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With the Mi 11 Ultra, Xiaomi once again fumbles a flagship launch

Xiaomi Mi 11 Ultra review
Xiaomi Mi 11 Ultra review (Image credit: Apoorva Bhardwaj / Android Central)

The Mi 11 Ultra is possibly one of the best Android phones you can buy right now. Xiaomi has nailed the basics here, delivering the latest hardware innovations combined with a 120Hz AMOLED panel, cleaner software and less bloat than previous generations, and truly incredible cameras.

There's only one problem: you can't actually buy the phone. The Mi 11 Ultra made its debut in China earlier in the year and was announced for global markets a few months ago, but as of June 4, it isn't available anywhere. Instead, Xiaomi's UK, Germany, Spain, and other European sites have a Notify Me button, and there's no way to get your hands on the flagship even if you're willing to shell out the equivalent of $1,500 that Xiaomi commands for the device.

Technically, Xiaomi did release the phone in the UK on May 6 — it immediately sold out — and it is entirely likely there were minimal units available for the "launch." It's a similar situation in India, Xiaomi's largest market outside of China. Xiaomi had a splashy virtual event on April 23 where it announced the Mi 11 Ultra and a 75-inch QLED TV in the country, and while the latter has been on sale for a few weeks now, there's no mention of when the Mi 11 Ultra will be available.

Xiaomi instead took to social media to say that due to "circumstances beyond its control," it's delaying the launch of the Mi 11 Ultra:

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Xiaomi's statement doesn't really clarify what caused the delay and when the Mi 11 Ultra is likely to go on sale in the country. Unfortunately, this is now becoming a pattern for Xiaomi. The brand has struggled with the availability of its flagships — usually at launch — and that trend hasn't changed with the Mi 11 series. The Mi 11 also took its time to go on sale in global markets, and we see the same thing with the Mi 11 Ultra.

Xiaomi needs to sort out availability issues if it wants to be seen as a serious player in the high-end segment.

The Mi 11 Ultra is particularly great value in India, where it is set to retail for just ₹69,999 ($960), a full 36% less than what it costs in Germany and other western markets. And although its Chinese rival, OnePlus, resorted to limiting 5G bands on the OnePlus 9 Pro to launch the device at ₹69,999 ($960), Xiaomi did not do so. As a result, the Mi 11 Ultra variant in India has the same set of 5G bands as other markets, and that should be welcome news for anyone looking to pick up the phone and then use it for international travel (once it's safe to do so again, of course).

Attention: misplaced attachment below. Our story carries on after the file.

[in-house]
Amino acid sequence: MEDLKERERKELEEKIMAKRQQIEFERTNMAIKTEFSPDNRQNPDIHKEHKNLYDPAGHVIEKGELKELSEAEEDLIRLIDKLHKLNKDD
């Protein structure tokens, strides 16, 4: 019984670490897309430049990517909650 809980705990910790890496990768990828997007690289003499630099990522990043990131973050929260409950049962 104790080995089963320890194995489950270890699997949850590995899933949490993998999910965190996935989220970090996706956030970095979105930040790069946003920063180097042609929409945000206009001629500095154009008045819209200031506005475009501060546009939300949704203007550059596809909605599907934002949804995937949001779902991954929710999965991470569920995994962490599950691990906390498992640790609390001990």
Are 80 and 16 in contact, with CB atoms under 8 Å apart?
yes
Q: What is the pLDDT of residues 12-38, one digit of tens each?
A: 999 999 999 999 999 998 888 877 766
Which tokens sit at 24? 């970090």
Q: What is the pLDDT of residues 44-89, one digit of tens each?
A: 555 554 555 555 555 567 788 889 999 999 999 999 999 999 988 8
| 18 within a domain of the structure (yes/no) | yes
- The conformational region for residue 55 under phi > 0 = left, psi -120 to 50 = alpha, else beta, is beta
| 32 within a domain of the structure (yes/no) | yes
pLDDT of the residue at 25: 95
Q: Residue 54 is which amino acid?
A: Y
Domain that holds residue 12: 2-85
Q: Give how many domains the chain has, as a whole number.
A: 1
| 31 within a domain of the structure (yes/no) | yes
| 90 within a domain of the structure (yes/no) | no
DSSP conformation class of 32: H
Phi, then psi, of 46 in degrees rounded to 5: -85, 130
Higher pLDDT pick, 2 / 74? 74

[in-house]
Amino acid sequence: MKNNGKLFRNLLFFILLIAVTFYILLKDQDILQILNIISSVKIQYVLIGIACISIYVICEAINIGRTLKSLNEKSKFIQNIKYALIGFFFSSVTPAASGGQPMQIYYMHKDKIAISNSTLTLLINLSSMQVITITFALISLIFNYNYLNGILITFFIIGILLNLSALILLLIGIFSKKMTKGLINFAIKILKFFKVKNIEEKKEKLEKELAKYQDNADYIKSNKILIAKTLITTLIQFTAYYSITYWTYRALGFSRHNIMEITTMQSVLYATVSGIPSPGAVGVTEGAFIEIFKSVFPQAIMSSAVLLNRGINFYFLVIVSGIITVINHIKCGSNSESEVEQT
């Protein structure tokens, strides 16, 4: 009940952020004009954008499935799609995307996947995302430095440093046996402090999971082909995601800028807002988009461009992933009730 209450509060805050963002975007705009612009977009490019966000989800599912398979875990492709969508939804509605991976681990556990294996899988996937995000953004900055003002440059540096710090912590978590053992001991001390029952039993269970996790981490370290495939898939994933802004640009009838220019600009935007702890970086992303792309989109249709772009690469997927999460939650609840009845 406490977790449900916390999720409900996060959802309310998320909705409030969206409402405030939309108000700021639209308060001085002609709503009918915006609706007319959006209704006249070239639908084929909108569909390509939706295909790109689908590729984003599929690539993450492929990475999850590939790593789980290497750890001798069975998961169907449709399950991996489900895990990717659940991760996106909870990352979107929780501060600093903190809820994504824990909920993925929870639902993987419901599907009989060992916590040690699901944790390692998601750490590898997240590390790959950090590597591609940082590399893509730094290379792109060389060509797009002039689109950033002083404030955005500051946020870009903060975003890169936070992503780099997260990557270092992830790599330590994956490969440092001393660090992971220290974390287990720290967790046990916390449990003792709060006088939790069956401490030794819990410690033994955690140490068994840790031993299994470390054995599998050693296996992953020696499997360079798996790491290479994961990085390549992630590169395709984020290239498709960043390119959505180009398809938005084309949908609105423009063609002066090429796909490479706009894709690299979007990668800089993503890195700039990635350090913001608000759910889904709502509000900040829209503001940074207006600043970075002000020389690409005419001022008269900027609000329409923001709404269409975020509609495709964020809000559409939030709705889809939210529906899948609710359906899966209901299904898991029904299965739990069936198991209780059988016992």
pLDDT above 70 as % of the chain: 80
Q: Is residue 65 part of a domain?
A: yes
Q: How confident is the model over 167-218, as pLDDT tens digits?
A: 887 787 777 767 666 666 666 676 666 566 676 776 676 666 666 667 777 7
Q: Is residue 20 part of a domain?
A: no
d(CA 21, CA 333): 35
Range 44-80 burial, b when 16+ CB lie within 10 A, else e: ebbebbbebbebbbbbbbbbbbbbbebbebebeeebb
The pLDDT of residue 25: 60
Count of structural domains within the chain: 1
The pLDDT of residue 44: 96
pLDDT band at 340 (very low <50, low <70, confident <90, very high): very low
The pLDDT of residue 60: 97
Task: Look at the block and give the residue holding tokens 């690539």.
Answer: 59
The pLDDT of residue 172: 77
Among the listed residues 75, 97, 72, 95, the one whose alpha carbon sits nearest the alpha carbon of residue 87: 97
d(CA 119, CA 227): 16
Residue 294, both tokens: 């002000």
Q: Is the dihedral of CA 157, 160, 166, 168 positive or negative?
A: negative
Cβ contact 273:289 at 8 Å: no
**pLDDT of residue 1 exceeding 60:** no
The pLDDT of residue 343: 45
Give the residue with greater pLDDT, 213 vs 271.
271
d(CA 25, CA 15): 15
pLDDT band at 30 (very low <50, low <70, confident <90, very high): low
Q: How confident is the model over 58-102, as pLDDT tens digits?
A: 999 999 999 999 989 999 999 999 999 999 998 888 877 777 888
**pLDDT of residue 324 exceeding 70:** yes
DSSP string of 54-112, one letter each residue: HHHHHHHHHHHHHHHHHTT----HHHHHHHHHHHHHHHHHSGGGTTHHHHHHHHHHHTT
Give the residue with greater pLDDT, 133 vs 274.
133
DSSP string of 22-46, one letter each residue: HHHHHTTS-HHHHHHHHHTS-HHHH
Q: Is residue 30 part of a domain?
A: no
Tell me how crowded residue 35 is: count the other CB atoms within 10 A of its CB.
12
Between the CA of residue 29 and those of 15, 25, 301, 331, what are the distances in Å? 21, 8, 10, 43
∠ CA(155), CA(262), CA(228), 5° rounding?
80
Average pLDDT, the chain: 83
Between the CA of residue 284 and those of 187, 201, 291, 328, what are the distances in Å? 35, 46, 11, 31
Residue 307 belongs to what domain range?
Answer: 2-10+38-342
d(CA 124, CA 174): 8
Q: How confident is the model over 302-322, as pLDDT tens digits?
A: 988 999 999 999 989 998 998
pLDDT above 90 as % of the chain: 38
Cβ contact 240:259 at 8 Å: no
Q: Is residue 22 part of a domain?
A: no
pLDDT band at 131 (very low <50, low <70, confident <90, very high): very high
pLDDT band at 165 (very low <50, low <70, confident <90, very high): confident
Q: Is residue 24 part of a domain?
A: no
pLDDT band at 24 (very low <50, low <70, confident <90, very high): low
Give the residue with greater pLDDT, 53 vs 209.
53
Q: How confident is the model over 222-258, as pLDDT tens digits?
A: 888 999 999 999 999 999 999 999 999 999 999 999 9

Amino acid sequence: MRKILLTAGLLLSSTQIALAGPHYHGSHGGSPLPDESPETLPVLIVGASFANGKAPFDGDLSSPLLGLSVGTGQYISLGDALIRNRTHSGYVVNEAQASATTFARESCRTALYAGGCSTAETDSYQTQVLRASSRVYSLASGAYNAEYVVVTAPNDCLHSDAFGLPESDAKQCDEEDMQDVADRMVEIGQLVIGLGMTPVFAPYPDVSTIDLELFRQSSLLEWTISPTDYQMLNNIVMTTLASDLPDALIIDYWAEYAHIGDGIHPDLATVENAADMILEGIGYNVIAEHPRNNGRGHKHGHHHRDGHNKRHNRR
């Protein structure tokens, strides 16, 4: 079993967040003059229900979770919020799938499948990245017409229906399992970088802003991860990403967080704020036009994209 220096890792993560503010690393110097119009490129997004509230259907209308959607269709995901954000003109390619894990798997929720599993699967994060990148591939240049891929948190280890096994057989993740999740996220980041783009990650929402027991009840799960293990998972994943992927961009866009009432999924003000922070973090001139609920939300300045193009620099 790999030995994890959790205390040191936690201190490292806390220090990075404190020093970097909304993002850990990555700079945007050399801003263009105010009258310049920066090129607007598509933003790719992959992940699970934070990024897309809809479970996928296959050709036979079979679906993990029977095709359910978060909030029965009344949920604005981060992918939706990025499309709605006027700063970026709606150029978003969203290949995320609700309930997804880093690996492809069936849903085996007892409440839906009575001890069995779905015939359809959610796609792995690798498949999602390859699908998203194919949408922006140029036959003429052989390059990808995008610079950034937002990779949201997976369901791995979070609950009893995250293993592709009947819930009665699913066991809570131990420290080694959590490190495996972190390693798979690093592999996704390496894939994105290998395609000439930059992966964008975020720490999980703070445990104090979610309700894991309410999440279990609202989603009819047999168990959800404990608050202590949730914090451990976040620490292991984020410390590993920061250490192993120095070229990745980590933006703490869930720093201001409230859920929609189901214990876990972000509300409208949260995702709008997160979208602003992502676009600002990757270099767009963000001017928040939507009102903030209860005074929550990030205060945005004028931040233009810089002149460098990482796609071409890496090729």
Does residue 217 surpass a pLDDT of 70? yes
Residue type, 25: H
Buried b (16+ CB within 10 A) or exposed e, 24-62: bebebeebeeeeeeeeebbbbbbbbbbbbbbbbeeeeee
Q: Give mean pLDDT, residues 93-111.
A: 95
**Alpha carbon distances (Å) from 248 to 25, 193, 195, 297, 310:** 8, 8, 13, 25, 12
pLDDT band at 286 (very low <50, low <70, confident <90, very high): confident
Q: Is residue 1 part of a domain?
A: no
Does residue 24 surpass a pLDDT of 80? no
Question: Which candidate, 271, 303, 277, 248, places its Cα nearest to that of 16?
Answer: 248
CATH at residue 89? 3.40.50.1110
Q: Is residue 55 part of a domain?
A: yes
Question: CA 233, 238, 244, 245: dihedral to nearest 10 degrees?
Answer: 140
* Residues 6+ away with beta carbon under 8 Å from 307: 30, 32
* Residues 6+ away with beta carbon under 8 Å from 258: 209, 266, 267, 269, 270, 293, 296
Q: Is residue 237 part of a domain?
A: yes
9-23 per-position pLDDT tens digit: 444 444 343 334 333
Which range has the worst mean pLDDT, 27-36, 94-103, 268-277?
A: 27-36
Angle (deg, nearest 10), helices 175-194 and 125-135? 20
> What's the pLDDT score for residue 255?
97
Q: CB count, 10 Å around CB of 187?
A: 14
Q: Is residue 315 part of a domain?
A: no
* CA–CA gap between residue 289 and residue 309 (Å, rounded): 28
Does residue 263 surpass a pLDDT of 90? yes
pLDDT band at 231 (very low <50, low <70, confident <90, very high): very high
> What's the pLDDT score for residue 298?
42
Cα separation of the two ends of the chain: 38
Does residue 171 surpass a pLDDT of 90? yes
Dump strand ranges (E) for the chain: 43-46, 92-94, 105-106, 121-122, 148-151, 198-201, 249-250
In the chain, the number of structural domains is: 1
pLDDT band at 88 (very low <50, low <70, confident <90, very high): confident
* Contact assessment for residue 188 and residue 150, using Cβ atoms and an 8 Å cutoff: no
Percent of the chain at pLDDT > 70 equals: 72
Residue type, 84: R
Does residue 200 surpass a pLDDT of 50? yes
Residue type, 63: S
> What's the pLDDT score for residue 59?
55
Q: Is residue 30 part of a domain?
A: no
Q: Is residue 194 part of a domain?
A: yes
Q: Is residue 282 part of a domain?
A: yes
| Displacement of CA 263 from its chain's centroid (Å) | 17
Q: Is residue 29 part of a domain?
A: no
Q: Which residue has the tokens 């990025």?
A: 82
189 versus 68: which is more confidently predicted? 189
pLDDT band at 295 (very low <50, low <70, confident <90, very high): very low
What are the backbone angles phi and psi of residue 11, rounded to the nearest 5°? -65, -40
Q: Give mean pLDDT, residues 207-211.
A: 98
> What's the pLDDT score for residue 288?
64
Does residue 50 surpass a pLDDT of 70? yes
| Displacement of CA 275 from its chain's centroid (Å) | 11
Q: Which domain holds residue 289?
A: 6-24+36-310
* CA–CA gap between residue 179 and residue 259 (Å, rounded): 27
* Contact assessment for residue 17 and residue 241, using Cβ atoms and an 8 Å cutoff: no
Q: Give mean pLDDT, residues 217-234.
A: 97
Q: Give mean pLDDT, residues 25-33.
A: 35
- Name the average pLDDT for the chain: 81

To find out just what's going on with the Mi 11 Ultra in India, I talked to IDC India research director Navkendar Singh. Xiaomi has reaffirmed its commitment to releasing flagships in India last year with the Mi 10 series, and while the brand is staying true to its word, Singh notes that the high-end segment — phones that cost over ₹50,000 ($700) — account for less than 3% of the overall market.

To make matters worse, Singh said that the high-end category is effectively a "duopoly of Apple and Samsung," which explains why brands like Xiaomi and OnePlus are willing to undercut their profit margins substantially to gain some ground in the country. As for the Mi 11 Ultra, in particular, Singh said that regulatory hurdles were to blame for the delay in India and that it hurt the likes of Apple as well as Xiaomi:

Xiaomi's inability to launch Mi 11 Ultra is primarily because it's imported from China, so not assembled or made in India. And with some delays from the government on approvals for Wi-Fi-enabled devices, the challenge is across the premium segment (some iPhones, iPads, laptops, etc.) and not isolated to Xiaomi.

For some context, most Xiaomi phones sold in India are made locally, but select flagships and ecosystem products — like its water purifier and vacuum cleaner — are made in China. Of course, delays are unavoidable, particularly in these turbulent times, but where Xiaomi has failed repeatedly is communicating that to its userbase.

This isn't an issue that's limited to India either; Xiaomi always does a great job hyping up its products, but it falls short when it's time to make them available for purchase. With the brand now making inroads into western markets, it needs to change its tactics to be seen as a serious contender to Apple and Samsung.

In the meantime, if you don't want to wait for the Mi 11 Ultra to go on sale, there's always the Galaxy S21 Ultra or OnePlus 9 Pro.

Harish Jonnalagadda is a Senior Editor overseeing Asia at Android Central. He leads the site's coverage of Chinese phone brands, contributing to reviews, features, and buying guides. He also writes about storage servers, audio products, and the semiconductor industry. Contact him on Twitter at @chunkynerd.

8 Comments
  • Well... Ahem. I managed to get a PS5 in India. Should all of it be this difficult? 😂😂😂
  • It shouldn't be, but it is :/
  • 2021 the Year everyone has embraced the camera bump. And I'm glad they did.
  • No change for me though, I was using a phone with a camera bump way back in my Windows Phone days. Now I'm using a Nokia 8.3 with a camera bump 😆
  • Guessing the chip shortage has something to do with it
  • That's not the reason here. They've been able to sell other devices with the same hardware.
  • Can't agree more... There is more here than meets the eye.
  • It's still a great phone worth waiting for.